The Cats have not made it easy on themselves this season. Over and over and over again, this year’s group finds themselves in an unexpectedly-close game, trailing at halftime, or just straight up losing to an inferior opponent. It happened twice this week alone – first on the road against Vanderbilt, then again Saturday afternoon against Ole Miss. At this point in the season, is it safe to say this team is good at a comeback?
“We are used to it, but we just don’t want to be in that predicament the whole entire time,” Nick Richards said after the game. “We’d rather be up in the first half instead of being down 12 and finishing the game in the second half. That’s something we work on and something we’re going to continue working on the whole entire season until our season is over.”
“It’s definitely not something you primarily want to be good at,” Immanuel Quickley added. “You want to be up and maintain leads, but if we are down, it’s great that we can come back and get a dub. It is really good for us if we can have that.”
Why doesn’t this team blow out their opponents?
“Teams are good. We want to win by 30 every game, but teams are good,” Quickley laughed. “They scout us really good; they know our plays. You’ve just got to come out and fight and try to get a win.”
“It’s just us as a team having to come in with the right mentality from the jump,” Richards said. “The first seven possessions of the game, we got seven stops in a row, then they made adjustments. Our defense was pretty good, but our offense just wasn’t really there today.”
Two comeback victories in a row may have been hard on the fans watching at home, but it has its benefits for the team.
“You hear it all the time in the tournament – one bad shooting night, and your team is out for the season. For us to be able to miss shots and still have defense and things like that, it’s really big for us,” Quickley said. “It’s huge. Just knowing we can come out and maybe not have a good shooting night or good offensive night, but still have our defense carry over, have our rebounding and toughness carry over, for us to get a win is really big.”
Tyrese Maxey agrees.
“It’s big for us to win a game like that, [and] to be able to win without making shots,” Maxey said. “Relying on our bigs and just our penetration and on our defense.”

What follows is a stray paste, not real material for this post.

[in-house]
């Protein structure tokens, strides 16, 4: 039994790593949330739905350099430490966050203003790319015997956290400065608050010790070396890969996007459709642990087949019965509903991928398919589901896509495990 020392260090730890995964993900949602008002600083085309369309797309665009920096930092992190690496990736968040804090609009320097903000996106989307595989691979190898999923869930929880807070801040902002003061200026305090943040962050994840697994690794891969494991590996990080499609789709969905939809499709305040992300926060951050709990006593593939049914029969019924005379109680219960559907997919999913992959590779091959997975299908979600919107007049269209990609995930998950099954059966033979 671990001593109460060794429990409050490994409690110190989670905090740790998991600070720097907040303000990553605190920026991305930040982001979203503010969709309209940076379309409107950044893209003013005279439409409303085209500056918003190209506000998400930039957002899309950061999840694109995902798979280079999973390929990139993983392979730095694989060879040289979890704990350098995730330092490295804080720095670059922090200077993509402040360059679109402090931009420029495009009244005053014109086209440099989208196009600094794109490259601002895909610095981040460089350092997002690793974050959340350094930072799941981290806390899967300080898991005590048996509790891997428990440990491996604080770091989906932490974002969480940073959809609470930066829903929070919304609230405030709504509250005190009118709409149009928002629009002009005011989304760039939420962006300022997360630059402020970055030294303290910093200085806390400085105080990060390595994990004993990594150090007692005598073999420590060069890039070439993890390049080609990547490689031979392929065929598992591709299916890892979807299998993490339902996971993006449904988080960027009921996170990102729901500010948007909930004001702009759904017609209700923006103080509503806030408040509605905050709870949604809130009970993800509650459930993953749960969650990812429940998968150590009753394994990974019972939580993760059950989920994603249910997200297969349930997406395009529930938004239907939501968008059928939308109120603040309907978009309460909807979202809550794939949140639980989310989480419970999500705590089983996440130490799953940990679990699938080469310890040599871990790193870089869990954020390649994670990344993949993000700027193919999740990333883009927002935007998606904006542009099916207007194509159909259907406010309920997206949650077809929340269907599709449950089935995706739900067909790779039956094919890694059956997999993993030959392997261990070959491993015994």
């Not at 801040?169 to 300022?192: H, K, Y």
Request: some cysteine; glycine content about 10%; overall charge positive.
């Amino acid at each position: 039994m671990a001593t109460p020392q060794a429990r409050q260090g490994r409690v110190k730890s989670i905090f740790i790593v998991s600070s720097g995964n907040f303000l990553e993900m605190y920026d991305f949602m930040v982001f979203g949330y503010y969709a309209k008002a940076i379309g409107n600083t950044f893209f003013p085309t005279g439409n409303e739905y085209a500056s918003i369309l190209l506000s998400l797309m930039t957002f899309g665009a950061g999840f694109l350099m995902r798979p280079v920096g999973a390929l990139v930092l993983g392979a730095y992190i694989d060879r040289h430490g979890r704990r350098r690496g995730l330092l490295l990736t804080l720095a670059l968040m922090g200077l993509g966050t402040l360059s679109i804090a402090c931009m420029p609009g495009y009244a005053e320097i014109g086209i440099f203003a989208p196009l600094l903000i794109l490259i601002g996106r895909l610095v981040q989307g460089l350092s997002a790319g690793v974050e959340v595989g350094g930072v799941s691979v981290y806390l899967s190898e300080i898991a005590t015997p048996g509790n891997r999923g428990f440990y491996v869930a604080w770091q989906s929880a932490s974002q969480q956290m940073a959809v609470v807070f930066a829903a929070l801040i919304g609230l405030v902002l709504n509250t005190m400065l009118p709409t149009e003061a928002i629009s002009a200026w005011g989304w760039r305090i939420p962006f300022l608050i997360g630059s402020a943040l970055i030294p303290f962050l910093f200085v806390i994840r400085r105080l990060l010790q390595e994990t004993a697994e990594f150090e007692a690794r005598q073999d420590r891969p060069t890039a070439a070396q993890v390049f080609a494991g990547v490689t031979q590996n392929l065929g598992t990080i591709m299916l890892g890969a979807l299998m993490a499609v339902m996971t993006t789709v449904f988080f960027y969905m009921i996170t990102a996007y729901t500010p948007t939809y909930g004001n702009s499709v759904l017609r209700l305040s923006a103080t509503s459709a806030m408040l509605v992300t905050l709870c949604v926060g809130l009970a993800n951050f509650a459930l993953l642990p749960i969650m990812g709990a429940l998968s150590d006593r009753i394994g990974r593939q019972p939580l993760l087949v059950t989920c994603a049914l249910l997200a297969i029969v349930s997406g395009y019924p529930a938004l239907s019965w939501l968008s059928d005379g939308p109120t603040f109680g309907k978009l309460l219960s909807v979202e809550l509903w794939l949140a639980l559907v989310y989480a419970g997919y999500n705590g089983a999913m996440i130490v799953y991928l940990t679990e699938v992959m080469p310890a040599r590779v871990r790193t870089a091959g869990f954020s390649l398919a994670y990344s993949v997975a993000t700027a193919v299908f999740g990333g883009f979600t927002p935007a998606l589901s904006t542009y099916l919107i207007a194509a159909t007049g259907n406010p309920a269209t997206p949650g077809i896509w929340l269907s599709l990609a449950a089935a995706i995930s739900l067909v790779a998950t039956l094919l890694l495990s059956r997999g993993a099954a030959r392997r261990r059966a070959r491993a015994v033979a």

“I think it’s just a will to win that we have inside us,” Richards added. “Even though we didn’t play the best basketball, we found a way to pull off the win… This was probably the worst basketball game I’ve played all year, but we still found a way to win.”
That so-called will to win is the message John Calipari has been preaching to his team all season. Matchups like the Ole Miss game (and any game that ends with Kentucky shooting 2-for-22 from behind-the-arc) are the reason why Coach Cal has been so focused on the “fight” aspect of the game.
“These kids are not computers and they’re not robots. This is not a fantasy league, this is not on a computer. This is real stuff,” Calipari told reporters after the game. “They don’t play great every night, but you can play to win. You don’t have to play great every night, and you can get pushed around for three quarters of the game, but the last part of the game you play to win.”
That final push at the end is what saved Kentucky from a bad upset Saturday afternoon. With UK trailing 54-53 with five minutes remaining, there were a remarkable nine consecutive lead changes until Richards made both ends of a 1-and-1 with 1:11 remaining to put UK up 63-62. When Keion Brooks sunk two free throws with 1.6 seconds left in the game, the score was final: 67-62. The five-point victory was Kentucky’s largest lead of the game.
“It was an ugly win. We’ll take a win whether it was by one or by 30,” Quickley said. “We’ll take a win anyway we can get it.”
But just once it would be nice if that number was closer to 30, right?